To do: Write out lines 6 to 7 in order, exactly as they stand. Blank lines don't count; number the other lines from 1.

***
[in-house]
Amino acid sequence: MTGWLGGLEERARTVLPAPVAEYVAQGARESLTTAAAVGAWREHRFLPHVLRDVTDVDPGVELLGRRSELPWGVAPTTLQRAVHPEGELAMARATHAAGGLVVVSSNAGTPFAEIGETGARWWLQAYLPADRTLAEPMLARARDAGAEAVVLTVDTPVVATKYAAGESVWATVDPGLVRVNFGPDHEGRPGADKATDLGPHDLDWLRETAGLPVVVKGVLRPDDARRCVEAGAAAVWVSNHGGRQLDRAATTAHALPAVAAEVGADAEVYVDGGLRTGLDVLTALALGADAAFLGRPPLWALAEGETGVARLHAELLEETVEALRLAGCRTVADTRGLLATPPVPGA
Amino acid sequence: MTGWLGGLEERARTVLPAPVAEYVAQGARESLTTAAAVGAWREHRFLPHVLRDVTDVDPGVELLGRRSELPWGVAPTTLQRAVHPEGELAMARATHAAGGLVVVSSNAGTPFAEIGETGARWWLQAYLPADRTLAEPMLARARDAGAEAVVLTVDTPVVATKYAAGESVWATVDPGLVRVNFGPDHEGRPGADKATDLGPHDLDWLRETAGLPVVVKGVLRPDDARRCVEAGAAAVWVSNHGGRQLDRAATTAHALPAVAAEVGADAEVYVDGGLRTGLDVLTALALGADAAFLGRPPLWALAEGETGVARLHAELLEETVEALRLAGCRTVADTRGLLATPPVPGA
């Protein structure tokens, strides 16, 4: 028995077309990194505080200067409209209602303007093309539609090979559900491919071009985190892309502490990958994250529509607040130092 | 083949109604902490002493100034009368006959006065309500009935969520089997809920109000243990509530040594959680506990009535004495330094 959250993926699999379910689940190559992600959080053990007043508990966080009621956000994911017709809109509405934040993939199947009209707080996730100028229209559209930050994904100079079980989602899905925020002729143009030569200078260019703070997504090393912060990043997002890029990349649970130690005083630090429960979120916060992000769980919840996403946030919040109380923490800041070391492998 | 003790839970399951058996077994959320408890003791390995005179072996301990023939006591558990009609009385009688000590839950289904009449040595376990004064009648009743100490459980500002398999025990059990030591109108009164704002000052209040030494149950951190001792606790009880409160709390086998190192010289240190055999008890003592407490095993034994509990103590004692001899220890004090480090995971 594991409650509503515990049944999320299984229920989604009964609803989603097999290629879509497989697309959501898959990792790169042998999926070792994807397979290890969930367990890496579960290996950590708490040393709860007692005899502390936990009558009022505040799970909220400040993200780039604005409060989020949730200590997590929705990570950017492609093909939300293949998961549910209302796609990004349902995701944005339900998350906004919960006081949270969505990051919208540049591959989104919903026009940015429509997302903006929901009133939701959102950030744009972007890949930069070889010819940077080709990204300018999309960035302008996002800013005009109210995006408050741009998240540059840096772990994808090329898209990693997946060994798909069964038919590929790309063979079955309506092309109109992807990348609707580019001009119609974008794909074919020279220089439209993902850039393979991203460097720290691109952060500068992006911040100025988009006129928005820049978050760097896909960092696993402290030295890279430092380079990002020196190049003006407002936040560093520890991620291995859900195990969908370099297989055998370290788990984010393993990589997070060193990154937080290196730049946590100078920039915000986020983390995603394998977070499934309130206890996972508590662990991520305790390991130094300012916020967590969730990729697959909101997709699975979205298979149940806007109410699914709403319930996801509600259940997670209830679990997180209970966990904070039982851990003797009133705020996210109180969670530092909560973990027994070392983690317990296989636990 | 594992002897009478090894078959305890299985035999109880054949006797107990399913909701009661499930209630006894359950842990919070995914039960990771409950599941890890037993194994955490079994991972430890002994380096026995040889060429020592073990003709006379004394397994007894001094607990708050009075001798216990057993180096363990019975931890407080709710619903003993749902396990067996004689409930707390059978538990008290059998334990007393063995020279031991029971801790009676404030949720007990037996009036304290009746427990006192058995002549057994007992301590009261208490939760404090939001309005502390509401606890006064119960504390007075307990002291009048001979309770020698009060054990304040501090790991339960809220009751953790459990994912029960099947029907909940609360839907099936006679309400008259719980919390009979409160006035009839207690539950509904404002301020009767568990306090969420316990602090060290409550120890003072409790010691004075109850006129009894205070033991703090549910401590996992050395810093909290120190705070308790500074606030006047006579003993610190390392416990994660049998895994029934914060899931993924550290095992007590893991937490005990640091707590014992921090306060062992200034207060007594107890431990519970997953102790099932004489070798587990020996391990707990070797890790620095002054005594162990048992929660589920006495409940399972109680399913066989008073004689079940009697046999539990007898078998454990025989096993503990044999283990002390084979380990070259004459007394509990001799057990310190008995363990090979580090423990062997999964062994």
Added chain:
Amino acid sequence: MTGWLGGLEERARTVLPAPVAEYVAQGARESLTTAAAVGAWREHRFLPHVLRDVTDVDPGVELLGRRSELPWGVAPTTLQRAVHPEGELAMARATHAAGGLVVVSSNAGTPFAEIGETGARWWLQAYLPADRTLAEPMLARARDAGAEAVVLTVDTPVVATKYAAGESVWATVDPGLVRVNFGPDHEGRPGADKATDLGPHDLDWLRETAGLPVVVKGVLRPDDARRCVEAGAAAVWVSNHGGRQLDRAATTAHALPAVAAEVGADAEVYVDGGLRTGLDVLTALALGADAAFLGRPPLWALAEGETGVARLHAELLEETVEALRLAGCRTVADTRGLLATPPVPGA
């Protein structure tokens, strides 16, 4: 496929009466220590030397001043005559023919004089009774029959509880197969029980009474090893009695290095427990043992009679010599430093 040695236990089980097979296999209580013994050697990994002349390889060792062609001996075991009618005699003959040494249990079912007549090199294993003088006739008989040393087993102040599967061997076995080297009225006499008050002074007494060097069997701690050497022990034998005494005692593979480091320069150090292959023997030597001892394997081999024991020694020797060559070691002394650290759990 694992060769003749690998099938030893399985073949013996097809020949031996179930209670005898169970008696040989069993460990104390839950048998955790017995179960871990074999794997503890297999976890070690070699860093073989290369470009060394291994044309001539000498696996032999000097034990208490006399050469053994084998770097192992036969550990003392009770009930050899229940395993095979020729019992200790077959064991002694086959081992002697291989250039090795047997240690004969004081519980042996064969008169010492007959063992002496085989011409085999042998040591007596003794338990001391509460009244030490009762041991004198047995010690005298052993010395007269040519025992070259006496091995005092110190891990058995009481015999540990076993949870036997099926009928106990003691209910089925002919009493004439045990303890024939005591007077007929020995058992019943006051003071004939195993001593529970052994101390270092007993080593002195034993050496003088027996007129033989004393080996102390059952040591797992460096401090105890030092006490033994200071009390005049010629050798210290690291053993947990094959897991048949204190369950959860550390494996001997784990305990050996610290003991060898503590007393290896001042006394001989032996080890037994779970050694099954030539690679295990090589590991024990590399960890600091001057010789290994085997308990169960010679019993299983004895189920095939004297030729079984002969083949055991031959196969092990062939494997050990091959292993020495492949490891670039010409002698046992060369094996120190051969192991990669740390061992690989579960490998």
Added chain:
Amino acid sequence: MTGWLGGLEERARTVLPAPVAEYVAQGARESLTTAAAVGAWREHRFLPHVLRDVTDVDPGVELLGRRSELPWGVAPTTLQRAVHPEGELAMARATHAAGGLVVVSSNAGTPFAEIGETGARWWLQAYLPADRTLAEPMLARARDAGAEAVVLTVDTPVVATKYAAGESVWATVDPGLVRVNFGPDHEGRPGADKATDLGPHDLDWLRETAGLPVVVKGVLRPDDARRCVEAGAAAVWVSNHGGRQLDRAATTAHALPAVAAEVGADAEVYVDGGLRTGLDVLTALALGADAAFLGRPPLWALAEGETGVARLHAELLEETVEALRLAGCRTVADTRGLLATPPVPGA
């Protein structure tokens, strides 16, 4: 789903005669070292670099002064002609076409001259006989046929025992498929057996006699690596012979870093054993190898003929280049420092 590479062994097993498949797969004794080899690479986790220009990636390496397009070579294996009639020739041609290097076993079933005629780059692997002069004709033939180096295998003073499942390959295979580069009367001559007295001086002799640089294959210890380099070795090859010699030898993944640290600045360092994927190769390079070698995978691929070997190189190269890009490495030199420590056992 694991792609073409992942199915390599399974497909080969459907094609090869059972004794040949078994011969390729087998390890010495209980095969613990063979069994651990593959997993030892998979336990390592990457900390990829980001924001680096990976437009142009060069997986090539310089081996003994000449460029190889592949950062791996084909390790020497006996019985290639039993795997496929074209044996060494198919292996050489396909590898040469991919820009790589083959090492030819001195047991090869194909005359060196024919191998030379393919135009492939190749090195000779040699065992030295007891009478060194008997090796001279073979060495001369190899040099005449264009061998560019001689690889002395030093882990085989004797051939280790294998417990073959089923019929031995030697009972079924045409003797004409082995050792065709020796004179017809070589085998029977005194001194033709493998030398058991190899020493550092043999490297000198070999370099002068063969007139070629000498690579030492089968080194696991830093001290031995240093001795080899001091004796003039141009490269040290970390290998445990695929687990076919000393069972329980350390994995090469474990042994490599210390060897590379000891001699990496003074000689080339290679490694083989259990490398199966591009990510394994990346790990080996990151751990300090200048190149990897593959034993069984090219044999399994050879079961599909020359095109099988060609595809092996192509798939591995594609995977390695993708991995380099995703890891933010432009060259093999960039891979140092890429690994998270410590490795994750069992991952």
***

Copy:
Amino acid sequence: MTGWLGGLEERARTVLPAPVAEYVAQGARESLTTAAAVGAWREHRFLPHVLRDVTDVDPGVELLGRRSELPWGVAPTTLQRAVHPEGELAMARATHAAGGLVVVSSNAGTPFAEIGETGARWWLQAYLPADRTLAEPMLARARDAGAEAVVLTVDTPVVATKYAAGESVWATVDPGLVRVNFGPDHEGRPGADKATDLGPHDLDWLRETAGLPVVVKGVLRPDDARRCVEAGAAAVWVSNHGGRQLDRAATTAHALPAVAAEVGADAEVYVDGGLRTGLDVLTALALGADAAFLGRPPLWALAEGETGVARLHAELLEETVEALRLAGCRTVADTRGLLATPPVPGA
């Protein structure tokens, strides 16, 4: 496929009466220590030397001043005559023919004089009774029959509880197969029980009474090893009695290095427990043992009679010599430093 040695236990089980097979296999209580013994050697990994002349390889060792062609001996075991009618005699003959040494249990079912007549090199294993003088006739008989040393087993102040599967061997076995080297009225006499008050002074007494060097069997701690050497022990034998005494005692593979480091320069150090292959023997030597001892394997081999024991020694020797060559070691002394650290759990 694992060769003749690998099938030893399985073949013996097809020949031996179930209670005898169970008696040989069993460990104390839950048998955790017995179960871990074999794997503890297999976890070690070699860093073989290369470009060394291994044309001539000498696996032999000097034990208490006399050469053994084998770097192992036969550990003392009770009930050899229940395993095979020729019992200790077959064991002694086959081992002697291989250039090795047997240690004969004081519980042996064969008169010492007959063992002496085989011409085999042998040591007596003794338990001391509460009244030490009762041991004198047995010690005298052993010395007269040519025992070259006496091995005092110190891990058995009481015999540990076993949870036997099926009928106990003691209910089925002919009493004439045990303890024939005591007077007929020995058992019943006051003071004939195993001593529970052994101390270092007993080593002195034993050496003088027996007129033989004393080996102390059952040591797992460096401090105890030092006490033994200071009390005049010629050798210290690291053993947990094959897991048949204190369950959860550390494996001997784990305990050996610290003991060898503590007393290896001042006394001989032996080890037994779970050694099954030539690679295990090589590991024990590399960890600091001057010789290994085997308990169960010679019993299983004895189920095939004297030729079984002969083949055991031959196969092990062939494997050990091959292993020495492949490891670039010409002698046992060369094996120190051969192991990669740390061992690989579960490998």